MATTHEW DANIEL WALLS, then a student at the University of Toronto, Toronto, Canada, was awarded funding in April 2011, to aid research on 'Frozen Landscapes, Fluid Technologies: Inuit Kayak Hunting and the Perception of the Environment in Greenland,' supervised by Dr. Max Friesen. This project explores how technologies can characterize the manner through which people experience and come to perceive their environment. The fieldwork is an ethnoarchaeological project in Greenland where the skills of seal-skin kayak hunting are practiced as a means of engaging Inuit heritage. Kayaks are a technology that involves a high degree of developed ability; hunting involves special types of physical fitness, technical ability, social relationships, and requires extensive environmental knowledge. Modern kayakers assert that the physical process of building kayaks and becoming skilled in their use is educative of intangible cultural heritage, which cannot be acquired through any other means than practice. Through a combination of participant observation and interviews, this project documents how the process of learning kayak hunting is a unique way of encountering a complex environment. It takes many years of training to participate in hunting, and enskilment develops special types of embodied knowledge that can only be refined through a type of learning that is kinaesthetically situated. Hunters must be able to intuitively work as a team, recognize and react instantly to subtle environmental cues, and depend on instinctive physical capabilities that are committed to muscle memory. This project provides an important case-study for archaeological theory directed at the vibrancy of artefacts by demonstrating an important distinction between enskilment in technology and material agency.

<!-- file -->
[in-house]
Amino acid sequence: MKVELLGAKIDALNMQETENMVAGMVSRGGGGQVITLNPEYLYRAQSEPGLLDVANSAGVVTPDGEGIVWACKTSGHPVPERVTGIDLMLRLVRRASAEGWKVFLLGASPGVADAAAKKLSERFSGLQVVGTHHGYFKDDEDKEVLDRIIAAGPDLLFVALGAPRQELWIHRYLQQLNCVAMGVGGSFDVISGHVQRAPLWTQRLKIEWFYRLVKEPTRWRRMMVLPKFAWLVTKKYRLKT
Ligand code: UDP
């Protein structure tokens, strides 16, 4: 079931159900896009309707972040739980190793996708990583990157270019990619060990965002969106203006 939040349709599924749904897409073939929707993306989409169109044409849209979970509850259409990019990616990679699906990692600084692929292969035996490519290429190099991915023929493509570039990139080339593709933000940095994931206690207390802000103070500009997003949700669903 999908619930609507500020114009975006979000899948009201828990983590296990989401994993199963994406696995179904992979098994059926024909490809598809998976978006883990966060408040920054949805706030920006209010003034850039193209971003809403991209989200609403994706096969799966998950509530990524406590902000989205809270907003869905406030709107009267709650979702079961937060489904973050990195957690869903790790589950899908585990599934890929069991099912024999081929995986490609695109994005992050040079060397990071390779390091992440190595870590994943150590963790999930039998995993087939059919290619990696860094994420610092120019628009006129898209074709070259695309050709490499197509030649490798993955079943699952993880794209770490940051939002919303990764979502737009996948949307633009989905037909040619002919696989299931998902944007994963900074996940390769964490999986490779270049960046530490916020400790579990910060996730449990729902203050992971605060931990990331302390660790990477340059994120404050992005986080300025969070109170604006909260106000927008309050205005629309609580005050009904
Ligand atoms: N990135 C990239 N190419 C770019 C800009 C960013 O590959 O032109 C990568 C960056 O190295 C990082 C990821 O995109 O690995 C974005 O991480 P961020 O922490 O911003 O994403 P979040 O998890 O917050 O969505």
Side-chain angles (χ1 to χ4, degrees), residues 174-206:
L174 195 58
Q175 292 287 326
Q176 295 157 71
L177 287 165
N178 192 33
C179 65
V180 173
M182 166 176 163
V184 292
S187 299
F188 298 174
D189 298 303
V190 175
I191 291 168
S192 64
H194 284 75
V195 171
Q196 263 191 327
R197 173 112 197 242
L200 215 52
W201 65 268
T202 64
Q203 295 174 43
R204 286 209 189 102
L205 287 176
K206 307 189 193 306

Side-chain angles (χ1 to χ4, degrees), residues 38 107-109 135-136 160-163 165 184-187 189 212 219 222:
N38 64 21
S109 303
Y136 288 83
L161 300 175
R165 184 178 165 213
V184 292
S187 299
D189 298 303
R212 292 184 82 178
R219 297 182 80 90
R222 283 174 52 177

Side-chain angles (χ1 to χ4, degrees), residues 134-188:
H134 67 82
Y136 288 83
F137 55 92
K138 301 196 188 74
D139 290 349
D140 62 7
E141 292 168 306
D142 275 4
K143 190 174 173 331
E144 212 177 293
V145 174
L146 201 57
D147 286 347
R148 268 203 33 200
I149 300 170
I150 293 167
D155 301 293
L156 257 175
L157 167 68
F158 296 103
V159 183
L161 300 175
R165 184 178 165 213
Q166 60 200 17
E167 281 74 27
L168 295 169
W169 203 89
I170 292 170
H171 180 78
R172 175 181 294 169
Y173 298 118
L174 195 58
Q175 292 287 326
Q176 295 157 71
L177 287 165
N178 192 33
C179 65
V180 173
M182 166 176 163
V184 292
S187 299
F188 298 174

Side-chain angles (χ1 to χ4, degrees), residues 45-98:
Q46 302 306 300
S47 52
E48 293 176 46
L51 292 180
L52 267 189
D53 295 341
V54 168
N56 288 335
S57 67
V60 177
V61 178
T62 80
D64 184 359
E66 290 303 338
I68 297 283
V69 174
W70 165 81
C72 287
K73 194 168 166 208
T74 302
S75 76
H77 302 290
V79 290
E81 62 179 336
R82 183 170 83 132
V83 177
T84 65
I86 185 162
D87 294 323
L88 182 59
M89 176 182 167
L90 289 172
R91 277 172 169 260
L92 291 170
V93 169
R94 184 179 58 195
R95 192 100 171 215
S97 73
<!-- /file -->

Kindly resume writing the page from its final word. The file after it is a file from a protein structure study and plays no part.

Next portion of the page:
Walls, Matthew, Pauline Knudsen, and Frederik Larsen. 2015. Inughuit Open Water Hunting before the Nineteenth Century: New Dates and Questions from Washington Land, Northwest Greenland. American Antiquity 80(3):602-609.